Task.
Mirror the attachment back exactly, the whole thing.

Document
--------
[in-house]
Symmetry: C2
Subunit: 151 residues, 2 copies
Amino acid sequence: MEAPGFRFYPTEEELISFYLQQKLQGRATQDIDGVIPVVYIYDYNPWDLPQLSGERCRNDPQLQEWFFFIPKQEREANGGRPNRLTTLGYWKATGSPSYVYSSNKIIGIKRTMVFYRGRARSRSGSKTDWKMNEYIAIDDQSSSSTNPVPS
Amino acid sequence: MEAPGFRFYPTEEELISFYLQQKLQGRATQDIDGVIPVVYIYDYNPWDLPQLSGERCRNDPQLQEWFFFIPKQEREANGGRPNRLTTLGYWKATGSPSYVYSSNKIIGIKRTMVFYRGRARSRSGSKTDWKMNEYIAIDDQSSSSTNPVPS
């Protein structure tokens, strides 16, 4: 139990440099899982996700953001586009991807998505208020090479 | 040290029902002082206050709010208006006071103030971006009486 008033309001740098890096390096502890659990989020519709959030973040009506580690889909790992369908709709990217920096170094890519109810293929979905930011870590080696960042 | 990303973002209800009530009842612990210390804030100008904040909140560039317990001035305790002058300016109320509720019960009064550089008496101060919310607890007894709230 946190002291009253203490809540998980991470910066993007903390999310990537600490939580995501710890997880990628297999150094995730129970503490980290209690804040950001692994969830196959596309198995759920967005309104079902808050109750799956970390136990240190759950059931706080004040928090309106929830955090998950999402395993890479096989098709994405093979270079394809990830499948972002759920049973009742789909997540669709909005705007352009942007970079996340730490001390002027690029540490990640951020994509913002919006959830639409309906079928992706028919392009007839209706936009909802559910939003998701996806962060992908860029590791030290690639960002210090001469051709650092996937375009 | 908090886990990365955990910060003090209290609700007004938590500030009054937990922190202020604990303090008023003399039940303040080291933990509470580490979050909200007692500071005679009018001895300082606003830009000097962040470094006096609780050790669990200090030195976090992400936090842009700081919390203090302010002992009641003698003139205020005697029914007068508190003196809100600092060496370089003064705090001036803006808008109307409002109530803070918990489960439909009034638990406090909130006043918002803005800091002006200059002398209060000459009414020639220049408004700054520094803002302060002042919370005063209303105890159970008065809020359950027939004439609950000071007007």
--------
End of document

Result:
[in-house]
Symmetry: C2
Subunit: 151 residues, 2 copies
Amino acid sequence: MEAPGFRFYPTEEELISFYLQQKLQGRATQDIDGVIPVVYIYDYNPWDLPQLSGERCRNDPQLQEWFFFIPKQEREANGGRPNRLTTLGYWKATGSPSYVYSSNKIIGIKRTMVFYRGRARSRSGSKTDWKMNEYIAIDDQSSSSTNPVPS
Amino acid sequence: MEAPGFRFYPTEEELISFYLQQKLQGRATQDIDGVIPVVYIYDYNPWDLPQLSGERCRNDPQLQEWFFFIPKQEREANGGRPNRLTTLGYWKATGSPSYVYSSNKIIGIKRTMVFYRGRARSRSGSKTDWKMNEYIAIDDQSSSSTNPVPS
């Protein structure tokens, strides 16, 4: 139990440099899982996700953001586009991807998505208020090479 | 040290029902002082206050709010208006006071103030971006009486 008033309001740098890096390096502890659990989020519709959030973040009506580690889909790992369908709709990217920096170094890519109810293929979905930011870590080696960042 | 990303973002209800009530009842612990210390804030100008904040909140560039317990001035305790002058300016109320509720019960009064550089008496101060919310607890007894709230 946190002291009253203490809540998980991470910066993007903390999310990537600490939580995501710890997880990628297999150094995730129970503490980290209690804040950001692994969830196959596309198995759920967005309104079902808050109750799956970390136990240190759950059931706080004040928090309106929830955090998950999402395993890479096989098709994405093979270079394809990830499948972002759920049973009742789909997540669709909005705007352009942007970079996340730490001390002027690029540490990640951020994509913002919006959830639409309906079928992706028919392009007839209706936009909802559910939003998701996806962060992908860029590791030290690639960002210090001469051709650092996937375009 | 908090886990990365955990910060003090209290609700007004938590500030009054937990922190202020604990303090008023003399039940303040080291933990509470580490979050909200007692500071005679009018001895300082606003830009000097962040470094006096609780050790669990200090030195976090992400936090842009700081919390203090302010002992009641003698003139205020005697029914007068508190003196809100600092060496370089003064705090001036803006808008109307409002109530803070918990489960439909009034638990406090909130006043918002803005800091002006200059002398209060000459009414020639220049408004700054520094803002302060002042919370005063209303105890159970008065809020359950027939004439609950000071007007």